You are reading

More Than 50,000 CUNY Students and Recent Grads Will Have Their Debt Wiped Clean

LaGuardia Community College in Long Island City is part of the CUNY system (Photo via Wikimedia Commons/Jim Henderson)

July 30, 2021 By Allie Griffin

The City University of New York (CUNY) will wipe out the debt of 50,000 current students and recent grads who experienced hardships during the pandemic.

CUNY will erase as much as $125 million outstanding tuition and fee balances through the “CUNY Comeback Program,” CUNY Chancellor Félix Matos Rodríguez and Governor Andrew Cuomo announced Wednesday.

The program aims to remove financial barriers to education and economic mobility. Many CUNY students come from communities that were the hardest hit by the coronavirus. Students’ debt to CUNY nearly doubled during the pandemic.

Eligible students and recent graduates who have unpaid tuition and fee balances will have their remaining balances cleared automatically by early August in most cases.

CUNY is automatically forgiving outstanding tuition and fee balances for students in any of three categories: students determined to have a hardship, such as those eligible for Pell Grants and the New York State Tuition Assistance Program; students who graduated from CUNY after the national emergency was declared on March 13 and who owe any outstanding balance from the Spring 2020 semester through the Spring 2021 semester; and students who have an outstanding balance of $100 or less per semester for the Spring 2020 through Spring 2021 semesters.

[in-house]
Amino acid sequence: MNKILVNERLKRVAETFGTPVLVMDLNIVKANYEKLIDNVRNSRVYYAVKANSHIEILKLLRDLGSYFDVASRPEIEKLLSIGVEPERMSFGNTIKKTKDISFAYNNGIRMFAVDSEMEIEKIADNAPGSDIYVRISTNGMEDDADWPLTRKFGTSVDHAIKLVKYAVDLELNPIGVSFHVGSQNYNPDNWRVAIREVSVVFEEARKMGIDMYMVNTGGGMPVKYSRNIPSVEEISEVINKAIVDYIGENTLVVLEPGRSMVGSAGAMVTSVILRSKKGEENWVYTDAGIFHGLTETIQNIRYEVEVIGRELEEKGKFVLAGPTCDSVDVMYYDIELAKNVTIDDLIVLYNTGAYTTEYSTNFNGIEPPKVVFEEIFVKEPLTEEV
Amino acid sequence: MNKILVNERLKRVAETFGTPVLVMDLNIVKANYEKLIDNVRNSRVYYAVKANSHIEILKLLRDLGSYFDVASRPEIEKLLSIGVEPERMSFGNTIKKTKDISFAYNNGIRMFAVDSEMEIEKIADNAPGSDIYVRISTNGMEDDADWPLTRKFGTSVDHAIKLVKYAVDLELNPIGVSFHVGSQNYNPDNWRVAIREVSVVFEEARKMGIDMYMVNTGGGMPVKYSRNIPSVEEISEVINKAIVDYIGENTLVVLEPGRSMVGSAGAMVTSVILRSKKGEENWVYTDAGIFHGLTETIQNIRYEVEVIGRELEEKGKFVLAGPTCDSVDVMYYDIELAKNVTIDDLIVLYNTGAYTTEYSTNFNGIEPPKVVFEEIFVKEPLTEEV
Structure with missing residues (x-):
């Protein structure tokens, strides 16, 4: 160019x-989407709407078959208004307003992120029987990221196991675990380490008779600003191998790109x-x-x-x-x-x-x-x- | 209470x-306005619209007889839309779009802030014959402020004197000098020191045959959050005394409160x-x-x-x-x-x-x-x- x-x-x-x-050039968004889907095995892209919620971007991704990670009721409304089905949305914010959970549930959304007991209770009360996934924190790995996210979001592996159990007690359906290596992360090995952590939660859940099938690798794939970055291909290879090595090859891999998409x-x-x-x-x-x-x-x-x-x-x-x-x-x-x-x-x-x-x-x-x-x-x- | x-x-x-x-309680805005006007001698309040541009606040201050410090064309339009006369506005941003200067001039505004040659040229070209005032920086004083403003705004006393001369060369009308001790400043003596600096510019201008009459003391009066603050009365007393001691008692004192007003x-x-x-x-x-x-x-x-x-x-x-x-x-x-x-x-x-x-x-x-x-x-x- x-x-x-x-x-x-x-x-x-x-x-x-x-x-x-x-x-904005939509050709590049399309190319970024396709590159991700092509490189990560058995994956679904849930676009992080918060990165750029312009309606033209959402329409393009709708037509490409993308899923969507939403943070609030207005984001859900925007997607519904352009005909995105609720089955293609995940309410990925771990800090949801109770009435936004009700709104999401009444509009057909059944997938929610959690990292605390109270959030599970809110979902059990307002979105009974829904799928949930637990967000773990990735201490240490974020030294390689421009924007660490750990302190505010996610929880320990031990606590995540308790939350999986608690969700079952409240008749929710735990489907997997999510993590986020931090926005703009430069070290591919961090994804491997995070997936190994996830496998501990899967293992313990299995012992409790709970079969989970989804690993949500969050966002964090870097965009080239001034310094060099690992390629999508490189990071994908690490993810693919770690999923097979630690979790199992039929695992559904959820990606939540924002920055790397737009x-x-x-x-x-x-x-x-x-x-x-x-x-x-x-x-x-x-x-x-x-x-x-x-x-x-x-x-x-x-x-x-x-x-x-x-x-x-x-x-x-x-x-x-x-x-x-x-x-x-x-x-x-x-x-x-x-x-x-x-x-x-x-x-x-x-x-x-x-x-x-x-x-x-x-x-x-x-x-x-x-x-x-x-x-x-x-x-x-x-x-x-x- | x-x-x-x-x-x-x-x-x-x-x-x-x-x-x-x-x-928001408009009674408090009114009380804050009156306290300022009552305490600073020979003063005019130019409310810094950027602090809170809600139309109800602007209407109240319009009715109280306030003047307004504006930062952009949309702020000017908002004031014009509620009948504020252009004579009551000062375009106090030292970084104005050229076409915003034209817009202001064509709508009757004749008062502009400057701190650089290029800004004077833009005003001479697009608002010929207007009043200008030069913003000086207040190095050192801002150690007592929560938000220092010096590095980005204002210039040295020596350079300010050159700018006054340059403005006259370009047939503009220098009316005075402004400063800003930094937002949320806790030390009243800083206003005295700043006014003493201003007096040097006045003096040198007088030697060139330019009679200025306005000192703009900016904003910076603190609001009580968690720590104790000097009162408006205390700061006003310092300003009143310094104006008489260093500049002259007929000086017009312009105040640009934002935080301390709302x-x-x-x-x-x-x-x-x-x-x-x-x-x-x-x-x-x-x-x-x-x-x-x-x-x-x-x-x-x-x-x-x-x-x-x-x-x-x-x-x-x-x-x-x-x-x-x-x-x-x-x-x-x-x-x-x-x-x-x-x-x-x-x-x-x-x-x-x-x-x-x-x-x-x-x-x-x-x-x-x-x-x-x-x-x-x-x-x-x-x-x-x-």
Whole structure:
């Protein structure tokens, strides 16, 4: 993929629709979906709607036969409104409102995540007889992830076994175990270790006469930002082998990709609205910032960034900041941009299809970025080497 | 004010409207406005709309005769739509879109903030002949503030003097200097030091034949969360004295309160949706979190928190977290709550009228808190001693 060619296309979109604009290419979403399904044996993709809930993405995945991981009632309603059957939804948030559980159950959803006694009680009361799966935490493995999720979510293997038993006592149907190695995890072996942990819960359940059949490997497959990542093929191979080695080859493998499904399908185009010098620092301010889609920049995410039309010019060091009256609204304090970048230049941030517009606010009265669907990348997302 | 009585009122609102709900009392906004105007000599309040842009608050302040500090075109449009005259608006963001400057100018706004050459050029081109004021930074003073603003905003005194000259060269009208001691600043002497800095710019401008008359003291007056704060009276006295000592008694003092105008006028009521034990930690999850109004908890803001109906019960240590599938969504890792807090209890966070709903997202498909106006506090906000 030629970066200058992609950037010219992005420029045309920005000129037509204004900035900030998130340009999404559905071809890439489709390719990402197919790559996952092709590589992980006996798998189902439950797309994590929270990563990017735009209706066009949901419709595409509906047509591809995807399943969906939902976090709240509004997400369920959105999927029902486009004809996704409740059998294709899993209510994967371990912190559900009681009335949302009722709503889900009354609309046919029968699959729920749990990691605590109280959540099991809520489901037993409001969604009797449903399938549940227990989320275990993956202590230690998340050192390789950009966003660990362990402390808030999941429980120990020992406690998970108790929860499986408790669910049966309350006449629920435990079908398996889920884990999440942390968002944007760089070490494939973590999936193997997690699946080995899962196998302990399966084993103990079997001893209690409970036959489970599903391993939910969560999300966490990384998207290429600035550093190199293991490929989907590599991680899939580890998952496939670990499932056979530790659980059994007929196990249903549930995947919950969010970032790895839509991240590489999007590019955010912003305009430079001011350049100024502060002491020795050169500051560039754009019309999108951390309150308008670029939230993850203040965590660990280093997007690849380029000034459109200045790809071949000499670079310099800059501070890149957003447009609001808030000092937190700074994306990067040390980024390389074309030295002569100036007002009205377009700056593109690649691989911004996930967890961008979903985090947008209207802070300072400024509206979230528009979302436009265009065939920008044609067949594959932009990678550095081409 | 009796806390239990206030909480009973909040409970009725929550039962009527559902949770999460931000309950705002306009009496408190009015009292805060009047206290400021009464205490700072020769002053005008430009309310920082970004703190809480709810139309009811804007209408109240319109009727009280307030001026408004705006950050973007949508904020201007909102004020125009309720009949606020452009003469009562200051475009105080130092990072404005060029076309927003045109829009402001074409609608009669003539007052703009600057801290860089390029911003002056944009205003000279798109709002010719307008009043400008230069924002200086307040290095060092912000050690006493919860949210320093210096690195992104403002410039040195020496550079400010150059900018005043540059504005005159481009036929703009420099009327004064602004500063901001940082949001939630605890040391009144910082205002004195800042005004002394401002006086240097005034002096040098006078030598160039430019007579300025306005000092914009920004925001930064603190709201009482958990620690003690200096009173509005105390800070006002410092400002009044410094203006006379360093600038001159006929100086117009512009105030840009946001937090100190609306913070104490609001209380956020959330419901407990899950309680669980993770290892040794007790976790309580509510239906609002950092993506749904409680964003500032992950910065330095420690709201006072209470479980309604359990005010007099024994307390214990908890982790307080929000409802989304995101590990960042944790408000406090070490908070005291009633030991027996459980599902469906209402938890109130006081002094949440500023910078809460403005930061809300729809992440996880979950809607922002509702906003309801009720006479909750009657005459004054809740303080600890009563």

Recent grads and students who dropped out after taking classes between March 13 and the end of Spring 2021 semester are also eligible. The debt forgiveness will wipe clean balances from the Spring, Summer and Fall 2020 semesters and the Spring 2021 semester.

At least 50,000 students are expected to have their debt erased. The average amount students owe is about $2,000, according to Cuomo’s office.

The balances are expected to be erased automatically by early August to allow students to register for Fall 2021 classes and obtain their official transcripts. Students will be notified via email when balances are cleared.

Thousands of other students who accrued debt during the same period, but were not eligible for financial aid—and therefore will not automatically have their debts erased—can apply to the CUNY Comeback forgiveness program as well. They will need to prove they experienced financial hardship.

The application will be available in early August. Campus financial aid offices will review the completed applications to determine eligibility.

The initiative is funded by federal Higher Education Emergency Relief Funds, part of the pandemic CARES Act passed by Congress. The program is believed to be the largest student institutional debt-forgiveness measure of its kind in the country, according to CUNY.

“I view this initiative as more than just good policy; it also affirms the recognition that challenges still exist for many New Yorkers, and it helps to fulfill the moral imperative that is implicit in CUNY’s historic mandate to provide access to a quality education for all New Yorkers, regardless of background or means,” Matos Rodríguez said in a letter to the CUNY community.